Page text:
Calculating k Factor

Most researchers refer to the maximum speed of a rotor to compare efficiency. This can be misleading as factors such as tube geometry and temperature contribute to rotor performance and must also be considered.

Separation is affected by maximum speed and radius which together determine maximum g-force. However, particle pathlength also affects separation time. A simple measure of overall rotor efficiency incorporating both g-force and particle pathlength is the Factor. Generally, the lower the Factor, the shorter the run time. This makes the Factor one of the most important considerations when selecting a rotor. 

Particle Separation in Swinging Bucket, Fixed Angle, Near Vertical and Vertical Tube Rotors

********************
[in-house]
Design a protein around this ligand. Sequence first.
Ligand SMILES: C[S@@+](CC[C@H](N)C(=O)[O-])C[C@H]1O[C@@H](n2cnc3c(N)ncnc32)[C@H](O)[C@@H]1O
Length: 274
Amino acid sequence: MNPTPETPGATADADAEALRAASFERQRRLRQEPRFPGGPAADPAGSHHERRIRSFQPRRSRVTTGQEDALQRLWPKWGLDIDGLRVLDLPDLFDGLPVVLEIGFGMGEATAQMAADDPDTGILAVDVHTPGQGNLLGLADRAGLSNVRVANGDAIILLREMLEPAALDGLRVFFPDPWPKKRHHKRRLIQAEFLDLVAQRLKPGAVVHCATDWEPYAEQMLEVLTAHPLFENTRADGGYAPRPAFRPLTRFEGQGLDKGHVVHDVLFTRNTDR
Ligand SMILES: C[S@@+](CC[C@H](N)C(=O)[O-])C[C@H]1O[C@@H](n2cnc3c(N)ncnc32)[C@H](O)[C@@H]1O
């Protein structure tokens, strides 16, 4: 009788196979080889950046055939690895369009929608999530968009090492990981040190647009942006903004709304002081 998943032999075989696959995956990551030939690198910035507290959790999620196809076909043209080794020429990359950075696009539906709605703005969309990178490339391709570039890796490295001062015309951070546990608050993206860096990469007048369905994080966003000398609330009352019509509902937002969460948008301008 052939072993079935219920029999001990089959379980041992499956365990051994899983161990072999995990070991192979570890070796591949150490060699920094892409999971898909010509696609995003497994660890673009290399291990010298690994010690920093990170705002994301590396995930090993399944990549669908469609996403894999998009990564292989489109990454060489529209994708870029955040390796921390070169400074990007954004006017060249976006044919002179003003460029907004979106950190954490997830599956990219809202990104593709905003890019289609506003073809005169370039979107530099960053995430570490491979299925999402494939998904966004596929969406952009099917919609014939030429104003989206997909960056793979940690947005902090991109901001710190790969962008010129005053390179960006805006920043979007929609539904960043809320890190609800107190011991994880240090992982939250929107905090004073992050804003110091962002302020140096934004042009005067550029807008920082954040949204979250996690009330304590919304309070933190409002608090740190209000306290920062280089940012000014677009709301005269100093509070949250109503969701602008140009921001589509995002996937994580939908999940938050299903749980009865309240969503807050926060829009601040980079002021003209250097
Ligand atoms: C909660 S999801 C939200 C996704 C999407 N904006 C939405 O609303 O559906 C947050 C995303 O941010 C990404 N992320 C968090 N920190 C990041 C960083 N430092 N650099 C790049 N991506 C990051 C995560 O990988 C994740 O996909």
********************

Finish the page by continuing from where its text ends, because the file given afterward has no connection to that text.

Darker shading represents pelleted material.  Lighter shading depicts floating components. Bands indicated by black lines.

Swinging Bucket Rotors

Typical Example: SW 60 Ti

Pathlength: 57.2 mm

k Factor: 45

 Swinging Bucket Rotor Pathlength

Fixed Angle Rotors

Typical Example: 90 Ti

Pathlength: 42.3 mm

k Factor: 25

 Fixed Angle Rotor Pathlength

Near Vertical Tube Rotors

Typical Example: NVT 90

Pathlength: 18.7 mm

k Factor: 10

 Near Vertical Rotor Pathlength

Vertical Tube Rotors

Typical Example: VTi 90

Pathlength: 13.2 mm

k Factor: 6

 Vertical Tube rotor pathlength

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